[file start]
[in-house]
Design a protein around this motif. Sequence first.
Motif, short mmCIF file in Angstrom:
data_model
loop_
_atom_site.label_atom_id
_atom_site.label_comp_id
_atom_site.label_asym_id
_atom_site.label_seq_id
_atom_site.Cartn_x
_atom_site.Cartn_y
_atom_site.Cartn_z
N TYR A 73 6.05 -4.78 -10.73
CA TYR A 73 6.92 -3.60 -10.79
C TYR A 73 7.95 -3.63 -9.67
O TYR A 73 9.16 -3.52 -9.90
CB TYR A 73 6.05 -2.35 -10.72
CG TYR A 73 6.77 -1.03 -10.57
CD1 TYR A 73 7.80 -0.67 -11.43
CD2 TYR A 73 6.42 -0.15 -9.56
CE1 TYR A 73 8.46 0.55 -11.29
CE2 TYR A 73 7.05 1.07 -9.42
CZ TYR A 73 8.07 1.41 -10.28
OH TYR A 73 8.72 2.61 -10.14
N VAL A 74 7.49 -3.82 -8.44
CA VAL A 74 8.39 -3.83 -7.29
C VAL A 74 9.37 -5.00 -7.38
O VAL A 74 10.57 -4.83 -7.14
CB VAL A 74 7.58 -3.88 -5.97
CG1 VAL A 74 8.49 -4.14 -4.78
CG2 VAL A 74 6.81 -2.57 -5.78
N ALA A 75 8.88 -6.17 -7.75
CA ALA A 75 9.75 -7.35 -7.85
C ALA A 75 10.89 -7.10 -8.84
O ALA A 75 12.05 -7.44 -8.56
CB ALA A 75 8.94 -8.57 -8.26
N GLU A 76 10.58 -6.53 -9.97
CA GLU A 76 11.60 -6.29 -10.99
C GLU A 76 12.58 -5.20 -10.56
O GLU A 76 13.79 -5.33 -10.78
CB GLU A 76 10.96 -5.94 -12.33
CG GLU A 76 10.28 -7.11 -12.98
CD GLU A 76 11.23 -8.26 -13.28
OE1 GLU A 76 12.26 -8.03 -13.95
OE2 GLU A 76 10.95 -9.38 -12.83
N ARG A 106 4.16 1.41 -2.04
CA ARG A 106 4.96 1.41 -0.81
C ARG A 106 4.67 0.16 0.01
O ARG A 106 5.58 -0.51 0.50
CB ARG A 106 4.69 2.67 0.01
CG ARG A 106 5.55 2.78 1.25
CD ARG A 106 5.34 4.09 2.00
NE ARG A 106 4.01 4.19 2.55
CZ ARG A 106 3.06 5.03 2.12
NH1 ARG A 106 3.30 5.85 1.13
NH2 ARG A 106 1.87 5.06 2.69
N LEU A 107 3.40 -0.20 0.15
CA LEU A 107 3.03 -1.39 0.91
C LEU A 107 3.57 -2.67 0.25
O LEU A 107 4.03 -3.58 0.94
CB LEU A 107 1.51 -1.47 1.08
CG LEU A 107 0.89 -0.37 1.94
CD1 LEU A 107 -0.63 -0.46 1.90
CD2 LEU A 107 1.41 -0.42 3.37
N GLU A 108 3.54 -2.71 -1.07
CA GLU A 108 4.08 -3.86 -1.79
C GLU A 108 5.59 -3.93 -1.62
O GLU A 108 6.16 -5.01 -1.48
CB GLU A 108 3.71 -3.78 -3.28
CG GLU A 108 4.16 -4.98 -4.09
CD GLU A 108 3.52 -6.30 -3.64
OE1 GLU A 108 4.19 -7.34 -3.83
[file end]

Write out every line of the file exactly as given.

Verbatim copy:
[in-house]
Design a protein around this motif. Sequence first.
Motif, short mmCIF file in Angstrom:
data_model
loop_
_atom_site.label_atom_id
_atom_site.label_comp_id
_atom_site.label_asym_id
_atom_site.label_seq_id
_atom_site.Cartn_x
_atom_site.Cartn_y
_atom_site.Cartn_z
N TYR A 73 6.05 -4.78 -10.73
CA TYR A 73 6.92 -3.60 -10.79
C TYR A 73 7.95 -3.63 -9.67
O TYR A 73 9.16 -3.52 -9.90
CB TYR A 73 6.05 -2.35 -10.72
CG TYR A 73 6.77 -1.03 -10.57
CD1 TYR A 73 7.80 -0.67 -11.43
CD2 TYR A 73 6.42 -0.15 -9.56
CE1 TYR A 73 8.46 0.55 -11.29
CE2 TYR A 73 7.05 1.07 -9.42
CZ TYR A 73 8.07 1.41 -10.28
OH TYR A 73 8.72 2.61 -10.14
N VAL A 74 7.49 -3.82 -8.44
CA VAL A 74 8.39 -3.83 -7.29
C VAL A 74 9.37 -5.00 -7.38
O VAL A 74 10.57 -4.83 -7.14
CB VAL A 74 7.58 -3.88 -5.97
CG1 VAL A 74 8.49 -4.14 -4.78
CG2 VAL A 74 6.81 -2.57 -5.78
N ALA A 75 8.88 -6.17 -7.75
CA ALA A 75 9.75 -7.35 -7.85
C ALA A 75 10.89 -7.10 -8.84
O ALA A 75 12.05 -7.44 -8.56
CB ALA A 75 8.94 -8.57 -8.26
N GLU A 76 10.58 -6.53 -9.97
CA GLU A 76 11.60 -6.29 -10.99
C GLU A 76 12.58 -5.20 -10.56
O GLU A 76 13.79 -5.33 -10.78
CB GLU A 76 10.96 -5.94 -12.33
CG GLU A 76 10.28 -7.11 -12.98
CD GLU A 76 11.23 -8.26 -13.28
OE1 GLU A 76 12.26 -8.03 -13.95
OE2 GLU A 76 10.95 -9.38 -12.83
N ARG A 106 4.16 1.41 -2.04
CA ARG A 106 4.96 1.41 -0.81
C ARG A 106 4.67 0.16 0.01
O ARG A 106 5.58 -0.51 0.50
CB ARG A 106 4.69 2.67 0.01
CG ARG A 106 5.55 2.78 1.25
CD ARG A 106 5.34 4.09 2.00
NE ARG A 106 4.01 4.19 2.55
CZ ARG A 106 3.06 5.03 2.12
NH1 ARG A 106 3.30 5.85 1.13
NH2 ARG A 106 1.87 5.06 2.69
N LEU A 107 3.40 -0.20 0.15
CA LEU A 107 3.03 -1.39 0.91
C LEU A 107 3.57 -2.67 0.25
O LEU A 107 4.03 -3.58 0.94
CB LEU A 107 1.51 -1.47 1.08
CG LEU A 107 0.89 -0.37 1.94
CD1 LEU A 107 -0.63 -0.46 1.90
CD2 LEU A 107 1.41 -0.42 3.37
N GLU A 108 3.54 -2.71 -1.07
CA GLU A 108 4.08 -3.86 -1.79
C GLU A 108 5.59 -3.93 -1.62
O GLU A 108 6.16 -5.01 -1.48
CB GLU A 108 3.71 -3.78 -3.28
CG GLU A 108 4.16 -4.98 -4.09
CD GLU A 108 3.52 -6.30 -3.64
OE1 GLU A 108 4.19 -7.34 -3.83